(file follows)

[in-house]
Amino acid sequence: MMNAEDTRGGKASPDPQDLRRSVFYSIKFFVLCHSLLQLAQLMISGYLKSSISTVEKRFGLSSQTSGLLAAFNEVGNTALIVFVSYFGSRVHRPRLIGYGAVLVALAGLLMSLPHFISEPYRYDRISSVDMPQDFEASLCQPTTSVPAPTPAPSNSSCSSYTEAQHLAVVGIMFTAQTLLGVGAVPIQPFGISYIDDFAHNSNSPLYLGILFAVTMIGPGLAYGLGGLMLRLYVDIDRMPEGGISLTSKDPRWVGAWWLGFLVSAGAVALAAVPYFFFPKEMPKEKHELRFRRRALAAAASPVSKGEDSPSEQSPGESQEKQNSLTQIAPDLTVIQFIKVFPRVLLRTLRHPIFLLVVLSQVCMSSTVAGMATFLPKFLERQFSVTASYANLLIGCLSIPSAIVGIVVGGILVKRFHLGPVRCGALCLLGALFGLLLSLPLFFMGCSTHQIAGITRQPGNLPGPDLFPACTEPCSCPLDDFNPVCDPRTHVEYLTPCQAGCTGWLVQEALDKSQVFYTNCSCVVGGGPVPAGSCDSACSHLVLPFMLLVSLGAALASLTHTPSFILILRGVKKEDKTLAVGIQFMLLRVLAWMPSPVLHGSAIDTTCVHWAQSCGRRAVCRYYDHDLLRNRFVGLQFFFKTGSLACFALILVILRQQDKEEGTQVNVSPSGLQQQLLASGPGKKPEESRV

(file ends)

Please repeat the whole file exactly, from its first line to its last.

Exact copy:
[in-house]
Amino acid sequence: MMNAEDTRGGKASPDPQDLRRSVFYSIKFFVLCHSLLQLAQLMISGYLKSSISTVEKRFGLSSQTSGLLAAFNEVGNTALIVFVSYFGSRVHRPRLIGYGAVLVALAGLLMSLPHFISEPYRYDRISSVDMPQDFEASLCQPTTSVPAPTPAPSNSSCSSYTEAQHLAVVGIMFTAQTLLGVGAVPIQPFGISYIDDFAHNSNSPLYLGILFAVTMIGPGLAYGLGGLMLRLYVDIDRMPEGGISLTSKDPRWVGAWWLGFLVSAGAVALAAVPYFFFPKEMPKEKHELRFRRRALAAAASPVSKGEDSPSEQSPGESQEKQNSLTQIAPDLTVIQFIKVFPRVLLRTLRHPIFLLVVLSQVCMSSTVAGMATFLPKFLERQFSVTASYANLLIGCLSIPSAIVGIVVGGILVKRFHLGPVRCGALCLLGALFGLLLSLPLFFMGCSTHQIAGITRQPGNLPGPDLFPACTEPCSCPLDDFNPVCDPRTHVEYLTPCQAGCTGWLVQEALDKSQVFYTNCSCVVGGGPVPAGSCDSACSHLVLPFMLLVSLGAALASLTHTPSFILILRGVKKEDKTLAVGIQFMLLRVLAWMPSPVLHGSAIDTTCVHWAQSCGRRAVCRYYDHDLLRNRFVGLQFFFKTGSLACFALILVILRQQDKEEGTQVNVSPSGLQQQLLASGPGKKPEESRV